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Latino Daily News

Wednesday December 21, 2011

Mexican Economy Pegged to Grow 3.25% in 2012

Mexican Economy Pegged to Grow 3.25% in 2012

Photo: Mexican Economic Growth 2012

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Mexico’s economy will grow 3.25 percent in 2012 even though the economic problems in Europe and the United States remain unresolved and could lead to even bigger woes, the Mexican Institute of Finance Executives, or IMEF, said.

The global crisis could adversely affect the Mexican economy given the export sector’s role as the country’s main “engine of growth,” the institute said.

The country’s exchange rate also may be affected by greater uncertainty and volatility in financial markets, the IMEF said Tuesday in a report.

Despite the pessimistic outlook for the global economy, the specialists are forecasting an average inflation rate of 3.65 percent, an average exchange rate of 13 pesos per dollar and the creation of 505,000 new jobs in Mexico in 2012.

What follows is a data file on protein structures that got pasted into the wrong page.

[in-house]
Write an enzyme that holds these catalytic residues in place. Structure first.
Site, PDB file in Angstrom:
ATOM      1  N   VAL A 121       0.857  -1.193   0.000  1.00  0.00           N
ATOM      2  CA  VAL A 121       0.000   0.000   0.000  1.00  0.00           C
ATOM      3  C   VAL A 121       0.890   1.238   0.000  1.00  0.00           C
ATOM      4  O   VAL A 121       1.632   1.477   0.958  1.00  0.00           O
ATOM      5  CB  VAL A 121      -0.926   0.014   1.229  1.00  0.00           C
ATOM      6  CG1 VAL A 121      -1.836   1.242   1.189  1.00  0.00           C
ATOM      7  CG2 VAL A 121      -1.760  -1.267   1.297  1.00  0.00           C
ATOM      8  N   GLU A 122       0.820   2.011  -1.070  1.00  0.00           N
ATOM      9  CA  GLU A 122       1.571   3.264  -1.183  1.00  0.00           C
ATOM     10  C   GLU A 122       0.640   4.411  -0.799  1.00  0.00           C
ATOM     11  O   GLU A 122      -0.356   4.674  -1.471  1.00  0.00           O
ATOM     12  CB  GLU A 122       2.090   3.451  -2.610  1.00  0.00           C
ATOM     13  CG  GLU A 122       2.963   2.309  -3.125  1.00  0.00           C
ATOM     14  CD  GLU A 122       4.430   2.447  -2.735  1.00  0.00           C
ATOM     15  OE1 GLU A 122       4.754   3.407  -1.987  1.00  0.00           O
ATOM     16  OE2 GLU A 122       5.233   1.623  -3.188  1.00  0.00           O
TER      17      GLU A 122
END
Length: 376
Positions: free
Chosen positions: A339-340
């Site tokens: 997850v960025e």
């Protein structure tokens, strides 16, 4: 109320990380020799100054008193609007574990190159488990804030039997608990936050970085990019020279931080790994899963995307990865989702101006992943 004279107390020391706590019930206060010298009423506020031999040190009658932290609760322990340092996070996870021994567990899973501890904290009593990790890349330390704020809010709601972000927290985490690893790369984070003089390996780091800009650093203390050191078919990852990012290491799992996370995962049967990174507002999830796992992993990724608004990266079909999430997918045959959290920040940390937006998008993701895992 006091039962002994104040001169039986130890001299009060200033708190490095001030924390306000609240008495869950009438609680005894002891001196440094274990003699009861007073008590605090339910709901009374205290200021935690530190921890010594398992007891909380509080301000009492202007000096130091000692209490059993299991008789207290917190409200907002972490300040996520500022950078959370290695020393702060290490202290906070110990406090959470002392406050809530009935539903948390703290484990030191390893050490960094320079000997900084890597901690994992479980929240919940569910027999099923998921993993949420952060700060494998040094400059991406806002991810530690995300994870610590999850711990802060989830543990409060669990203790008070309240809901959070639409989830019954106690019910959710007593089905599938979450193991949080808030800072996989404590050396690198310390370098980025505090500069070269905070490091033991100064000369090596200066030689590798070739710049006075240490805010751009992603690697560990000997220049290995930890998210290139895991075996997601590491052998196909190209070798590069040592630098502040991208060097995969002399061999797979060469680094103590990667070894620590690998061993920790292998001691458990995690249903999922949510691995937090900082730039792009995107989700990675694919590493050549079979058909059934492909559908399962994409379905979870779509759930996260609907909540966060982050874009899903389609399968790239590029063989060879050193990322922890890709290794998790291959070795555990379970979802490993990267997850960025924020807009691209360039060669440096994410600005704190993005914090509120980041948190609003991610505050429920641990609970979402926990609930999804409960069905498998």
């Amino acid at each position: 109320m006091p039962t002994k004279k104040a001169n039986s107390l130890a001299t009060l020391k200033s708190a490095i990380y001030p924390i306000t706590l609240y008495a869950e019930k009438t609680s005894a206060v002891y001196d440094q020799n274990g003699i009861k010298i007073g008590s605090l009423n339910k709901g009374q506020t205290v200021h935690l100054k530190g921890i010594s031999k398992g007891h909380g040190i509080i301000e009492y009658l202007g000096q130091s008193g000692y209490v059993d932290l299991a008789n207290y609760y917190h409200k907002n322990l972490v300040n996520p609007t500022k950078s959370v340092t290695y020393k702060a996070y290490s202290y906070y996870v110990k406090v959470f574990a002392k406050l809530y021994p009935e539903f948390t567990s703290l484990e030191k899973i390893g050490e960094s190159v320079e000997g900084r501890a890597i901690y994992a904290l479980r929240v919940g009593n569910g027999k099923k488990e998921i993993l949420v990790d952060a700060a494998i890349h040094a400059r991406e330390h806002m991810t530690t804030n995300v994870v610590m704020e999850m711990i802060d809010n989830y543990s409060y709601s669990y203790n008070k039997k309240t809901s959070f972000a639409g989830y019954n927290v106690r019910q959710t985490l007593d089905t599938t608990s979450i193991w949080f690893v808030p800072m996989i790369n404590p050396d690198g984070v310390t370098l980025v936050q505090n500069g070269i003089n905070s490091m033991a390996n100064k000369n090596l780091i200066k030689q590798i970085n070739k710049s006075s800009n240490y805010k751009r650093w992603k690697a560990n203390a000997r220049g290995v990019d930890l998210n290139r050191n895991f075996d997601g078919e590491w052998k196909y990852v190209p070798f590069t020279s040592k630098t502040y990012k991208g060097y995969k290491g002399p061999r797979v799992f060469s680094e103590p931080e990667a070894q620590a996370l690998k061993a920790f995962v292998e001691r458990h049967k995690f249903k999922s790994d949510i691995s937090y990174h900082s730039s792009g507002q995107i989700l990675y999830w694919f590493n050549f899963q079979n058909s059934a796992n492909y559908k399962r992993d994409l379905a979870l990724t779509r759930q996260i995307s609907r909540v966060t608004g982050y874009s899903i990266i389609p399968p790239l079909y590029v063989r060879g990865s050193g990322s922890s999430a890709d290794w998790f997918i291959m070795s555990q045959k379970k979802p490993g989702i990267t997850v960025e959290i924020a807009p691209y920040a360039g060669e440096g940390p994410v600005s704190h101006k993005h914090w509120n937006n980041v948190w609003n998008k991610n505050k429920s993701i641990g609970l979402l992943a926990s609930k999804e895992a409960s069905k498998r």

But the IMEF sees Mexico’s economy expanding at just a 3.8 percent clip in 2011, down from its May forecast of 4.4 percent growth.

It said the outlook for Mexico’s gross domestic product worsened beginning in August due to Standard & Poor’s decision that month to strip the United States of its AAA credit rating for the first time, as well as fears surrounding the sovereign debt burdens of countries such as Greece, Italy and Spain.

In addition to lowering its GDP growth forecast for this year, the IMEF also remarked on the recent decline in value of the Mexican peso, which is currently priced at roughly 14 per dollar amid investors’ fears of a global economic slowdown, down from 12.45 per greenback at the start of 2011.

“The free-float system for the peso has worked and, while dollars are now more expensive, the peso’s depreciation has alleviated pressure on other fronts,” IMEF said.

It added that the situation is very different in Mexico than in the euro-zone countries, which cannot rely on currency devaluation as an adjustment mechanism.

Finally, the finance experts called on the contenders in Mexico’s July 1, 2012, presidential election to focus on achieving the economic growth necessary to ensure sufficient job creation.


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